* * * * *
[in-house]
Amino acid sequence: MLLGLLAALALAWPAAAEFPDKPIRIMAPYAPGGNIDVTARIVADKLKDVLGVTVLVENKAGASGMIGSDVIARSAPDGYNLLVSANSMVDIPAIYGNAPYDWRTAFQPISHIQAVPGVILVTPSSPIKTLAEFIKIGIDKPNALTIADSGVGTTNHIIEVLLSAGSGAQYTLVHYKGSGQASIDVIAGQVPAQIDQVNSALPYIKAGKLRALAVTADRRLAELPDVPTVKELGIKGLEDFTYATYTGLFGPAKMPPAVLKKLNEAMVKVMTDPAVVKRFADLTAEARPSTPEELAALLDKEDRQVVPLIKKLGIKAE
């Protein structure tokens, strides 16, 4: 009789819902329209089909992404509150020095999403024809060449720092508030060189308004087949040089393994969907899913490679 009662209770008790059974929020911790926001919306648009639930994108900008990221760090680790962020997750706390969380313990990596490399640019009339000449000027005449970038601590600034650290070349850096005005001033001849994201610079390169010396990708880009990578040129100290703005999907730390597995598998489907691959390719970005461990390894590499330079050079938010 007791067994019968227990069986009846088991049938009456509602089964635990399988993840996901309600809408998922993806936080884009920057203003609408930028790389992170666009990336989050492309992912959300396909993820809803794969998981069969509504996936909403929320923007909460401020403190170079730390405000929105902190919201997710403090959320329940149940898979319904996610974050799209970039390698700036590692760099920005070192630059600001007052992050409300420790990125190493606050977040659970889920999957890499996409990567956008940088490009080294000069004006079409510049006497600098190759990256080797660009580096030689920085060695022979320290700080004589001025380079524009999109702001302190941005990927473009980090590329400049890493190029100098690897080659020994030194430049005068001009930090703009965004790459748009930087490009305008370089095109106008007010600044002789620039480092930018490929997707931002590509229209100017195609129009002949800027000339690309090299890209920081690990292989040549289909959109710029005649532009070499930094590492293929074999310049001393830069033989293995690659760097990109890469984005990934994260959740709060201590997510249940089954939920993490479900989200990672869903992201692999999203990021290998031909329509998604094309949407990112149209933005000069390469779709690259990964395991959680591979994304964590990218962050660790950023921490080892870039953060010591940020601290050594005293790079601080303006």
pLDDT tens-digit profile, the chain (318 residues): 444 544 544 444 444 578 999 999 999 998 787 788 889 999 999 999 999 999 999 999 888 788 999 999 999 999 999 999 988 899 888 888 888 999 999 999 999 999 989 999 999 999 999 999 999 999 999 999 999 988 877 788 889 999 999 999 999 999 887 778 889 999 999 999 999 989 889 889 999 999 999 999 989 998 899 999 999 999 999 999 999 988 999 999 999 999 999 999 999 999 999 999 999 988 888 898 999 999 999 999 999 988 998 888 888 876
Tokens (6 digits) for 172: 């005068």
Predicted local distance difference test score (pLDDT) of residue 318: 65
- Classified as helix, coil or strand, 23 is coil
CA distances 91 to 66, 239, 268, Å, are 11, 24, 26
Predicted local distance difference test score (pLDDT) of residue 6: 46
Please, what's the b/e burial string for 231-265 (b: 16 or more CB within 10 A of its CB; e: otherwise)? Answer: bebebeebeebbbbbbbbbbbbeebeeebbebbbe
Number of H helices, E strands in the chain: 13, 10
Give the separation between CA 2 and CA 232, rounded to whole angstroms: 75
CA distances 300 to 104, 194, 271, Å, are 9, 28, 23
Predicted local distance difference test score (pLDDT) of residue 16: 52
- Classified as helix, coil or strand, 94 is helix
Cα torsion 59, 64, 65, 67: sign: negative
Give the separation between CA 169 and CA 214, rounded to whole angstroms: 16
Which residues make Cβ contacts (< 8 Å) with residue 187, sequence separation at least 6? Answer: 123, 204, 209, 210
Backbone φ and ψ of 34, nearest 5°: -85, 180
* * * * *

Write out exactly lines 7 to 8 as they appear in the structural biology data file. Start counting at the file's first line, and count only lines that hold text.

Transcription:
- Classified as helix, coil or strand, 23 is coil
CA distances 91 to 66, 239, 268, Å, are 11, 24, 26